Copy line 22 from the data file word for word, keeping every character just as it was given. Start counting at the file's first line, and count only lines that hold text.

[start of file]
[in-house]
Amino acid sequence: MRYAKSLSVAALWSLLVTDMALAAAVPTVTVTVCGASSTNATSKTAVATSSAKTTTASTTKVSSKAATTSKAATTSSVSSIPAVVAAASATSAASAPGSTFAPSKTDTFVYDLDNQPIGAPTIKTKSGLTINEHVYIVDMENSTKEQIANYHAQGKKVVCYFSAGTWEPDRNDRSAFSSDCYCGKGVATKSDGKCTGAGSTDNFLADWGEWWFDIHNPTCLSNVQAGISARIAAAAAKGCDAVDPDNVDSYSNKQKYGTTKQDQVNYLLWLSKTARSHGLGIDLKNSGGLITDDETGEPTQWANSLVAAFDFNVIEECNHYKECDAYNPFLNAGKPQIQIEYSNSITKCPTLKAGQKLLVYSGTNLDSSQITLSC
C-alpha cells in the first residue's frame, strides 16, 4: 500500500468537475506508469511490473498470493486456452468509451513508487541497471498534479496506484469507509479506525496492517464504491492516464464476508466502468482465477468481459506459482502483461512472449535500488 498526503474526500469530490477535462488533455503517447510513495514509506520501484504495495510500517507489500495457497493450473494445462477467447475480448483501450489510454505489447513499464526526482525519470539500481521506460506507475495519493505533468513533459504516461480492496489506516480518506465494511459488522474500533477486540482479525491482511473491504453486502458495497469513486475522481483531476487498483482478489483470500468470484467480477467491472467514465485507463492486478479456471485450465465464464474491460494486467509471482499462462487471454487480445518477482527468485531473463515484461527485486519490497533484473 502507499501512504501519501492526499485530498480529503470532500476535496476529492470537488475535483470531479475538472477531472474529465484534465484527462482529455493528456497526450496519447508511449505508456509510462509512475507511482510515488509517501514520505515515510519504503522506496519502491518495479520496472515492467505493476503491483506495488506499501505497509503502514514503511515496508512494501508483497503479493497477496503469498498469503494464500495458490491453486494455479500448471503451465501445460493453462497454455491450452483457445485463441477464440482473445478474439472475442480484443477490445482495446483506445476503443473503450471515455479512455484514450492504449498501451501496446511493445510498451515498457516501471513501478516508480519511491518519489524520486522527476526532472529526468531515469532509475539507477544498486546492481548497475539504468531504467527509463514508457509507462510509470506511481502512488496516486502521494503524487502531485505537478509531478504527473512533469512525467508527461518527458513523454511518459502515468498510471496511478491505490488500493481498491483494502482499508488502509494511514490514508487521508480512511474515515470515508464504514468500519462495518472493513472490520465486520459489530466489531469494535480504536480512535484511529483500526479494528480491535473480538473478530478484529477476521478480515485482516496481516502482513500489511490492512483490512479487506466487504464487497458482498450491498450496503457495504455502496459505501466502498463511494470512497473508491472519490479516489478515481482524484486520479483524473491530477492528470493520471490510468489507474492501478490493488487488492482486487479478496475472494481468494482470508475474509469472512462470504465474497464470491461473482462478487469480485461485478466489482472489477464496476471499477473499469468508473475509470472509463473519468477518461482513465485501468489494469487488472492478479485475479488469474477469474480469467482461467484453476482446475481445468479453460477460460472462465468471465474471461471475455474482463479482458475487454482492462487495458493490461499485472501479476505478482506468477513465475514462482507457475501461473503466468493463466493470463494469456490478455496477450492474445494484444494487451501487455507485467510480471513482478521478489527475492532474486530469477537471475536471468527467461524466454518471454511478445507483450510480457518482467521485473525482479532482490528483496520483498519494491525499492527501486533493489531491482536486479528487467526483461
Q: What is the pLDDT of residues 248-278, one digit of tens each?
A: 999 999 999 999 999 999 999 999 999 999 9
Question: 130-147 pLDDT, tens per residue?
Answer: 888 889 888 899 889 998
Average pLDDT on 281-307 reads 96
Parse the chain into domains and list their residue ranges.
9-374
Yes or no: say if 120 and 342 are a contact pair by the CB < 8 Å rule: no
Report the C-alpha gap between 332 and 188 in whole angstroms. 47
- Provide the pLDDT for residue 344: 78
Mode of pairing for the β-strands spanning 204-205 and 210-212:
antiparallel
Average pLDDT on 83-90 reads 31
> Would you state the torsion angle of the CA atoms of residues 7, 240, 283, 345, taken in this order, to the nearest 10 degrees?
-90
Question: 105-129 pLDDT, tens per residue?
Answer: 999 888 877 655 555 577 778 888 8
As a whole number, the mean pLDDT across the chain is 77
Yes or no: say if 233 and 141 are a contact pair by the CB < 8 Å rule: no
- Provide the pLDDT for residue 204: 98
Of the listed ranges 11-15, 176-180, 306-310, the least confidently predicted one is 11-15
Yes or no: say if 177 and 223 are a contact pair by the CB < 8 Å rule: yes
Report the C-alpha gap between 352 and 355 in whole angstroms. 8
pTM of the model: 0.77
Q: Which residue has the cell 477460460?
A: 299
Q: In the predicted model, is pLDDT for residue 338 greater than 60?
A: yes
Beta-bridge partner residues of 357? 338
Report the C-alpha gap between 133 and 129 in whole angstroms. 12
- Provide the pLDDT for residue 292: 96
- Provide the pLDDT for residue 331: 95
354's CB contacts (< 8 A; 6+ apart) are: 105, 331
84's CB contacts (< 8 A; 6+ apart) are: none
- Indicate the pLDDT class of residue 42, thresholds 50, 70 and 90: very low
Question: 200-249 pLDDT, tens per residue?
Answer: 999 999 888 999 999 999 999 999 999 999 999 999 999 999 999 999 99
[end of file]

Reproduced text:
Yes or no: say if 233 and 141 are a contact pair by the CB < 8 Å rule: no